17 – More Dead Sea Scrolls, Mary Beard Finds Tudor Tapestry, Confort Women Row and Obama’s National Monuments

History News: Palmyra Destroyed Again, Sirwan Project, Egypt’s Tourism, New Dead Sea Scrolls, Hagia Sophia’s Sound, Tudor Tapestry, Archaeosub, Confort Women Row, CIA Archives Online, Digital Penn Museum, New Mein Kampf, Obama’s National Parks Legacy

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Image credit: Hagia Sophia, Istanbul, Turkey, by Omar David Sandoval Sida, 4 July 2016, Creative Commons

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Show Notes

This week, we’ll start with some follow-up on the antiquities situation in Syria, Iraq and Egypt, with the usual mix of very bad news and some minor good news. Then we’ll uncover some new Dead Sea Scrolls, we’ll see how a historian found a priceless Tudor tapestry on Google, and we’ll hear how the Hagia Sophia of Istanbul used to sound during mass.

Also, Marine archaeology is about to get a boost from drones, the Japan-South-Korea dispute over Confort Women is far from over, the CIA archives are finally online, the Philadelphia Penn Museum has a new digital portal, Hitler’s Mein Kampf is selling very well again after more than 90 years, and we’ll take a look at the US National Parks Service Centennial, as well as outgoing President Obama’s legacy on the natural and historical heritage of America.

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16 – Ancient Greek City Found, Franklin’s Demise, Nimrud and Palmyra News and La Trinite Shipwreck

History News: Nimrud Salvaged Inscriptions, Hidden Christian Texts, ISIS Retakes Palmyra, Old Aleppo Destroyed, Franklin Expedition Zinc, Greek City Found, Face of Robert the Bruce, Bordeaux Necropolis, La Trinite Shipwreck, Viola Desmond Bill

Image credit: Frontal view on the Citadel of Aleppo, Memorize, 26 May 2010, Creative Commons

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Show Notes

This week, we start with some follow-up about the destruction of Nimrud, we’re happy to learn some Christian texts were hidden from ISIS, but this group re-enters Palmyra, and Old Aleppo is retaken but destroyed.

We hear of the reason why the Franklin Expedition was so unlucky they all died, we discover a 2500 year old Greek city, we take a look at the ugly mug of Robert the Bruce of Scotland, and we dig up some old bones in Bordeaux.

Also, La Trinité, the shipwreck that changed American history, there will be a new face on the 10$ Canadian bill, and the Dutch return several artefacts back to Ukraine and Italy.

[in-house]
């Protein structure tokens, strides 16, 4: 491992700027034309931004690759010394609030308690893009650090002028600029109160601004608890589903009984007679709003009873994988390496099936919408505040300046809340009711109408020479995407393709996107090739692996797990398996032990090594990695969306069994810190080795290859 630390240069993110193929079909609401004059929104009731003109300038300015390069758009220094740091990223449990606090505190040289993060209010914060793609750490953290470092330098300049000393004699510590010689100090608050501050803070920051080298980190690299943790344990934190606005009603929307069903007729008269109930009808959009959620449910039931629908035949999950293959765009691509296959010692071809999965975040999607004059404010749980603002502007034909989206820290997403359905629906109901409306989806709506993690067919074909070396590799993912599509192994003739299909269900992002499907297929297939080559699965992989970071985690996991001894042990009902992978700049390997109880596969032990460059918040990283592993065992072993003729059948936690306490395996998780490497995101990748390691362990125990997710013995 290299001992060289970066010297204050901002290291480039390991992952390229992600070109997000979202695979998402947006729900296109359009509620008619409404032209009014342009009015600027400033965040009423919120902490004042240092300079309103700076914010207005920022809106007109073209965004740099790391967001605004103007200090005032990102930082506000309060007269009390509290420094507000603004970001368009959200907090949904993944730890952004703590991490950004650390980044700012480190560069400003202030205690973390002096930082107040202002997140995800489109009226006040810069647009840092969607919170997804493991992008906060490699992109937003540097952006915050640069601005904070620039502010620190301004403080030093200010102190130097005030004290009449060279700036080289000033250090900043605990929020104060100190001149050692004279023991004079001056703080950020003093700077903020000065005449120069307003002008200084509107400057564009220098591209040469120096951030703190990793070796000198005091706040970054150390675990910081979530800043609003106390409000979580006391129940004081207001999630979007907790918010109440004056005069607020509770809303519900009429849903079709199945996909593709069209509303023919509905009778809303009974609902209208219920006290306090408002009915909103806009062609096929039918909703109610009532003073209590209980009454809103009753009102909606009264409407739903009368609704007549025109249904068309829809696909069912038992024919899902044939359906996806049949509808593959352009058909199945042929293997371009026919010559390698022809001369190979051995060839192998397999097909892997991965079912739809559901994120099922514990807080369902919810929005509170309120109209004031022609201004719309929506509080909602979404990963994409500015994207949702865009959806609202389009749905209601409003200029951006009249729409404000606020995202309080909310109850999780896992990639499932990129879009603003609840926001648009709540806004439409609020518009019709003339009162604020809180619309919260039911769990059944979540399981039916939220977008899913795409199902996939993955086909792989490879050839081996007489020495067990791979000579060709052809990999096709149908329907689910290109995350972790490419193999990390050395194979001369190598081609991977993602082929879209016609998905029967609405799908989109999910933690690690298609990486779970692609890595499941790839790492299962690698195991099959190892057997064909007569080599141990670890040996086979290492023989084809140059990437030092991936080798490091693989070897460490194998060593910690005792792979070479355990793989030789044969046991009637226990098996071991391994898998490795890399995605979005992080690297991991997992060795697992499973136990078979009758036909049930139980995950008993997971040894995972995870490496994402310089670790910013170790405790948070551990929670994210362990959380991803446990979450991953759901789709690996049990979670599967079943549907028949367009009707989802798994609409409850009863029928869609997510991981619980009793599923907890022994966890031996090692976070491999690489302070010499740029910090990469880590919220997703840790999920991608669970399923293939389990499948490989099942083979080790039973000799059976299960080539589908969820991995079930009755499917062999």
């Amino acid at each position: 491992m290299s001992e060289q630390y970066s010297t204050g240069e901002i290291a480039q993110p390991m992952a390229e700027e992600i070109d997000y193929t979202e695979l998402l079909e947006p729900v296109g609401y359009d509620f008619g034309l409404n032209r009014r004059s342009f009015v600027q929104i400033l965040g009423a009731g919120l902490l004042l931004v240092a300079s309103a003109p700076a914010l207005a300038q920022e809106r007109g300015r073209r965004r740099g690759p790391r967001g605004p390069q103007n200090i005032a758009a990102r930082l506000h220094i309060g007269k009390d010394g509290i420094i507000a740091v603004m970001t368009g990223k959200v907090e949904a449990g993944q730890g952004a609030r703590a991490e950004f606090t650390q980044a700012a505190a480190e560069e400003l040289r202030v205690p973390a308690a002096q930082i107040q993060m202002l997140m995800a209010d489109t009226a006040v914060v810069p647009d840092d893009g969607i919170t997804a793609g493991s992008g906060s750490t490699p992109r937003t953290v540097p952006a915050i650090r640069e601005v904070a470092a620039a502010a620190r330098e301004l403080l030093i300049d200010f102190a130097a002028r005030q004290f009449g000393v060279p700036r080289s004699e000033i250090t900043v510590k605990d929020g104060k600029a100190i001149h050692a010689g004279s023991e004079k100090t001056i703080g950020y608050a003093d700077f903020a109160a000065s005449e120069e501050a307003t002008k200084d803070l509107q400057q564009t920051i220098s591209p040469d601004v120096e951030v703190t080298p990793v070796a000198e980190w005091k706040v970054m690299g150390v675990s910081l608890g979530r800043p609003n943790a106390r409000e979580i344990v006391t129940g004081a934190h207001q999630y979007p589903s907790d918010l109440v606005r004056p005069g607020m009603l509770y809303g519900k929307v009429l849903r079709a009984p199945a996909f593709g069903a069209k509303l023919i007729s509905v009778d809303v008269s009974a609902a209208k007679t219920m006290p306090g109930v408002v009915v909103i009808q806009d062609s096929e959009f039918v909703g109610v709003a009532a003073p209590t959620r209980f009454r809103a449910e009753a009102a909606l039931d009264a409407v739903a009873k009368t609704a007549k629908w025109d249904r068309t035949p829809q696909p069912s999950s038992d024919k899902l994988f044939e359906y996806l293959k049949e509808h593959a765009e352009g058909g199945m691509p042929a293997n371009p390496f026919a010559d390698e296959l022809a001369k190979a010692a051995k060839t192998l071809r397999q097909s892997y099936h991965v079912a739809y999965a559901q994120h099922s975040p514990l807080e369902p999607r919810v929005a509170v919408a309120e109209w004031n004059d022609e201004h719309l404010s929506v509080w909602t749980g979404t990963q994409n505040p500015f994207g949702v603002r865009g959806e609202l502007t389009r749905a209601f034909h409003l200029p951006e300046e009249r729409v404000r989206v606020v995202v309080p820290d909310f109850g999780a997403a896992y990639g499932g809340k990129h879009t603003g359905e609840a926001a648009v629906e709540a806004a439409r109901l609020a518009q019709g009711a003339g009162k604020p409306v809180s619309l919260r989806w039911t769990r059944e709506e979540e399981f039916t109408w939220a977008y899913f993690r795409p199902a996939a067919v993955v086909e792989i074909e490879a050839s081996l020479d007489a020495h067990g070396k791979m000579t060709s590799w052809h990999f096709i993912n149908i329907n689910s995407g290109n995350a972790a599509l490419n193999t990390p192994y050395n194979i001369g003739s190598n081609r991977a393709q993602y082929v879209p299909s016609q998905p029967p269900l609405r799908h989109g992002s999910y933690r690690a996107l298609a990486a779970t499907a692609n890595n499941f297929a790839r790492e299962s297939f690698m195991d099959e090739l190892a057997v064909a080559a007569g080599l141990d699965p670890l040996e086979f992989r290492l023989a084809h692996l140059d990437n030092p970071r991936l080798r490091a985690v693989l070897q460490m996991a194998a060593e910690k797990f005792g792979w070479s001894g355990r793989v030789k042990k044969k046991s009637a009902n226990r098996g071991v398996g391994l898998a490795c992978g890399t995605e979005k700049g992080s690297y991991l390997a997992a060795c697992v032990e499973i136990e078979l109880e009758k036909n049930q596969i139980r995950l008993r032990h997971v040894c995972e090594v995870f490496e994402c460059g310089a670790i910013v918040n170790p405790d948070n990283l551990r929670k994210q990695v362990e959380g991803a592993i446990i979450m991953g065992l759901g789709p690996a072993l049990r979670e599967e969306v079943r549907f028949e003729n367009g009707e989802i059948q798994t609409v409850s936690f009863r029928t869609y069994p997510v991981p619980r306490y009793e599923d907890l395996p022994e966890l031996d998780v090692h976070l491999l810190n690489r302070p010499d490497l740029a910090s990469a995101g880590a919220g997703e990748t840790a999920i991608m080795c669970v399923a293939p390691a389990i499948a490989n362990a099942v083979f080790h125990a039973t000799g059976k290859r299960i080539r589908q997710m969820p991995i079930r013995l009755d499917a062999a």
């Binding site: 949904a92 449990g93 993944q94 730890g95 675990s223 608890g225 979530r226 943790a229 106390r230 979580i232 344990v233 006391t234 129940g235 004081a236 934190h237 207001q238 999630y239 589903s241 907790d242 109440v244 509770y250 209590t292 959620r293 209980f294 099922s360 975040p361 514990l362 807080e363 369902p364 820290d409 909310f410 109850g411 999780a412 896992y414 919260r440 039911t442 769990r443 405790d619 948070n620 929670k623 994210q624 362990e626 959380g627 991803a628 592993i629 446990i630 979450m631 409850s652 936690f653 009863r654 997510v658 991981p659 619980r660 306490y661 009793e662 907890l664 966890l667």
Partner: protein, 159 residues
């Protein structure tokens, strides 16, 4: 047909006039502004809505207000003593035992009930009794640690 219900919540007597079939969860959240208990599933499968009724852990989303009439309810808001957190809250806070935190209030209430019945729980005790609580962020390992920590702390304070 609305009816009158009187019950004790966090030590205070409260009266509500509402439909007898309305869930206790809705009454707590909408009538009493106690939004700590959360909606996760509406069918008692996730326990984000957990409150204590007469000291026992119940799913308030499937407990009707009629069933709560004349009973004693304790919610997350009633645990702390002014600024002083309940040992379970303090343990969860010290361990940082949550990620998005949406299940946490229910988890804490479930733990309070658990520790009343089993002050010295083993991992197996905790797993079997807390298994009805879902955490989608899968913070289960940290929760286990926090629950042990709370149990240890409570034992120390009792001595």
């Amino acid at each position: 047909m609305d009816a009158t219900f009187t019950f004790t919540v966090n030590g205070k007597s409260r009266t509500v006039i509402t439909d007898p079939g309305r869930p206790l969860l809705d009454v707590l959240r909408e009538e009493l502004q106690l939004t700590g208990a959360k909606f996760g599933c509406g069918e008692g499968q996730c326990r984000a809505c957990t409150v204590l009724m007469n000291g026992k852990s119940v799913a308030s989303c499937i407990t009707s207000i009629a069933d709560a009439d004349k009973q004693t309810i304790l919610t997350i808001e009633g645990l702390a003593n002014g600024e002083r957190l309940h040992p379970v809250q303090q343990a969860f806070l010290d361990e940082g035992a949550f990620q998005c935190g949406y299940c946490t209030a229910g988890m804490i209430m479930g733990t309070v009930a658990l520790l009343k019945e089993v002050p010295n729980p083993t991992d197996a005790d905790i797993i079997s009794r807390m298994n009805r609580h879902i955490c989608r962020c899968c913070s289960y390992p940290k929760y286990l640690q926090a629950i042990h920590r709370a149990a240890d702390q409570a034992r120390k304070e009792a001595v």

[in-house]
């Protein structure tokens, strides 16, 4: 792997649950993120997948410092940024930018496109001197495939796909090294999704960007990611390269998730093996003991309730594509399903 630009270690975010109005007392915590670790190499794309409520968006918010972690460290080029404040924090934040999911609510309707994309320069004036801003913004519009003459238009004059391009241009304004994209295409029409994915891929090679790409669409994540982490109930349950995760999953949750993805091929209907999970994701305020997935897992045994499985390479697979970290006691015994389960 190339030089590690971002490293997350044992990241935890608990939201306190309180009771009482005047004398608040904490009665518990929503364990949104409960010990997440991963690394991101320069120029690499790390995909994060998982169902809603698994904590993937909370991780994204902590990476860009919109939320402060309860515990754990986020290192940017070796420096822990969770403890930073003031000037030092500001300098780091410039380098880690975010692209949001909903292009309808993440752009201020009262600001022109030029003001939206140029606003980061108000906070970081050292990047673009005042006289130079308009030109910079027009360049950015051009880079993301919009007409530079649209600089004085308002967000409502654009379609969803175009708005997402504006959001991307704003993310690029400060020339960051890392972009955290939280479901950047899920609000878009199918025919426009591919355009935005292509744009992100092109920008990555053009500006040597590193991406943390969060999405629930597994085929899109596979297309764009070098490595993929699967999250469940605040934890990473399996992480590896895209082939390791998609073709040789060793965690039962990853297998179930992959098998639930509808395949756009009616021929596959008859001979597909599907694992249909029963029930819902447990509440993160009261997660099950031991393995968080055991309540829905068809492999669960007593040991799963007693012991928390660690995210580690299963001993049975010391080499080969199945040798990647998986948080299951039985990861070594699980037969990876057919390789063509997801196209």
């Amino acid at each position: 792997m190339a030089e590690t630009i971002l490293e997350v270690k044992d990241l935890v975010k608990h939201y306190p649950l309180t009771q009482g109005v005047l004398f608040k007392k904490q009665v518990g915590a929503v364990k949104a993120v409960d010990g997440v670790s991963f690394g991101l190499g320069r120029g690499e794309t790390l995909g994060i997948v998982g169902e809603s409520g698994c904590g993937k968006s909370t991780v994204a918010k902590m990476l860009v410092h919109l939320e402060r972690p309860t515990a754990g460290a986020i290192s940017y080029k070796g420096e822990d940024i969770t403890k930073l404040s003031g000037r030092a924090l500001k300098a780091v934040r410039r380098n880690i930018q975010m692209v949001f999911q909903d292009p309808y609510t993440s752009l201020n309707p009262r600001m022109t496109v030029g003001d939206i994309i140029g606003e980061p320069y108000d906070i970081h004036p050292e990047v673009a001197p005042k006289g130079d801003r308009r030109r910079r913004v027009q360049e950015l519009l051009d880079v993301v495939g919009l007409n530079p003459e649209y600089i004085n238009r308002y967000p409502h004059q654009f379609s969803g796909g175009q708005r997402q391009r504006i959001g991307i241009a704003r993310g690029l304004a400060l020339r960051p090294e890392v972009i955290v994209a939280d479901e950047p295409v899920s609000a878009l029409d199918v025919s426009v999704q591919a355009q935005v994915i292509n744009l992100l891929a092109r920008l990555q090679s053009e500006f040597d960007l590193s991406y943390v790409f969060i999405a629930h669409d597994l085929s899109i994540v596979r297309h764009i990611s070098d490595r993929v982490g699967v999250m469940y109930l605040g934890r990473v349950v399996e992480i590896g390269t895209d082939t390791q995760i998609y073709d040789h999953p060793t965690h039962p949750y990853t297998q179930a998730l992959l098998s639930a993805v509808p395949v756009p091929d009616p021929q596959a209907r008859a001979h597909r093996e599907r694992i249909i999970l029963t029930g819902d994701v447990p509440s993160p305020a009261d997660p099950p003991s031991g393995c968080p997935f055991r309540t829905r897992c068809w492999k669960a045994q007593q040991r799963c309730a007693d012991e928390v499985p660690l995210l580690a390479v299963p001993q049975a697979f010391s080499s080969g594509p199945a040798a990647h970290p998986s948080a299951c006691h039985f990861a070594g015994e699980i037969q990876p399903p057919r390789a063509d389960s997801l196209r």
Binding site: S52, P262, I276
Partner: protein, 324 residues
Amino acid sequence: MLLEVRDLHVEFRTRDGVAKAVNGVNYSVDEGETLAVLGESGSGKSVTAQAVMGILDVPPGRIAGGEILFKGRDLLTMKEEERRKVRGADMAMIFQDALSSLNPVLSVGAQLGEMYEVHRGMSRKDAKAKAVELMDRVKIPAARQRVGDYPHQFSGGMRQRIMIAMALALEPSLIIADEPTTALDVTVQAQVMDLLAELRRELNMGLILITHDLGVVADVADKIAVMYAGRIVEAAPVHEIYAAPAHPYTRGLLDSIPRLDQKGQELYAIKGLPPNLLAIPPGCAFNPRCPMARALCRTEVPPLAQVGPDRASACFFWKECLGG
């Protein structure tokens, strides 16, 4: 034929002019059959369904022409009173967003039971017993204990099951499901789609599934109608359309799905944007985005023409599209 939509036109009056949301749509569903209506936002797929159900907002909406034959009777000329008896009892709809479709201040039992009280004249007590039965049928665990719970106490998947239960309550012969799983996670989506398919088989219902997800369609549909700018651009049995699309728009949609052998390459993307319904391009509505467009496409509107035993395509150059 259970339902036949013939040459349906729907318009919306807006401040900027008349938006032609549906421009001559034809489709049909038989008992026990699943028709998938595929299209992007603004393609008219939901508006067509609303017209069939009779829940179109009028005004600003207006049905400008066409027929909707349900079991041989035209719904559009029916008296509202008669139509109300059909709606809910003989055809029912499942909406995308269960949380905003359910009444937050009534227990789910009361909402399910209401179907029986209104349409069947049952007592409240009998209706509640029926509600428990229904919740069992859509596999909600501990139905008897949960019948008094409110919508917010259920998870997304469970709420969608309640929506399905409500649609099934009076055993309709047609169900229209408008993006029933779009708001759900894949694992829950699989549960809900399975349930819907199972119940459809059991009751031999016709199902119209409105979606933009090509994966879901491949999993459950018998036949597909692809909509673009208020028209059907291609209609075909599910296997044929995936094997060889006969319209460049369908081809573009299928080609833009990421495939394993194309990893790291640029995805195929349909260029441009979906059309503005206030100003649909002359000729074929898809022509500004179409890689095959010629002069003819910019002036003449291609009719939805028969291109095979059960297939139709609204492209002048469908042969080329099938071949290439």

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15 – First Egyptian City, First Plymouth Settlement, Nazi West Germany and Erotic Pompeii

History News: Follow-up: Colombia, China, Iraq Kurdistan and Nimrud. Antiquities Conference, Palmyra Loot, First Egyptian City, Plymouth Settlement, Saint Olaf of Norway, Post-War Nazi Germany, Turkey’s 3D Museum Tours, Fake Mixtec Skull, Erotic Pompeii

Image credit: “The First Thanksgiving at Plymouth” (1914) By Jennie A. Brownscombe. Stedelijk Museum De Lakenhal. Public Domain. 

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Show Notes

This week, we go through some follow-up on Colombia, on China’s Terracotta Army, on Iraqi Kurdistan, and on Nimrud. We’ll hear a call to protect antiquities the world over, Swiss Customs seize some looted artefacts, a new ancient Egyptian city is discovered near Abydos, we find the boundaries of the Plymouth Pilgrims colony, and the first tomb of Saint Olaf is found in Norway.

Also, we wonder on the extent of Nazi influence in Post-War Germany, we see some pretty cool 3D virtual tours in Turkey, we find out about a fake Mexican head, we see the restoration of a destroyed 17th century world map, and we hear about the Pompeii exhibition of erotic Roman frescoes!

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14 – Nimrod Destroyed, FARC Accord Update, Viking News and Schindler Museum

History News: Colombian Peace Update, Nimrud Destroyed, New Akkadian City, Viking Toolbox, Wives and Colonies, Shakespeare’s Curtain, New Luxor Mummy, Hidden Pyramid, Auschwitz in VR, New Confederate Museum, Circus Maximus Ruins, New Schindler Museum

Image credit: El Castillo (pyramid of Kukulcán) in Chichén Itzá, 18 August 2009, Daniel Schwen, Creative Commons Attribution Share alike 4.0
https://commons.wikimedia.org/wiki/File:Chichen_Itza_3.jpg

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Show Notes

This week, we start with follow up on the Colombian Peace Process, we see the destruction caused by ISIS to ancient Nimrud in Iraq, but there’s also some good news with the discovery of a nearby Bronze Age city. Then we hear about several new discoveries about Viking tools, society and colonies and we cover the end of excavations at the Curtain Theatre in London.

Also, there’s a new mummy at Luxor, there’s a hidden pyramid at Chichen Itza, and Auschwitz gets the Virtual Reality treatment, in all of its horror. Finally, a new Civil War museum is being built in Tennessee, an exhibition opens at the Circus Maximus in Rome and a new Holocaust memorial will open in a Schindler factory in the Czech Republic.

History of the Ottoman Empire Podcast, by Lynn Perkins

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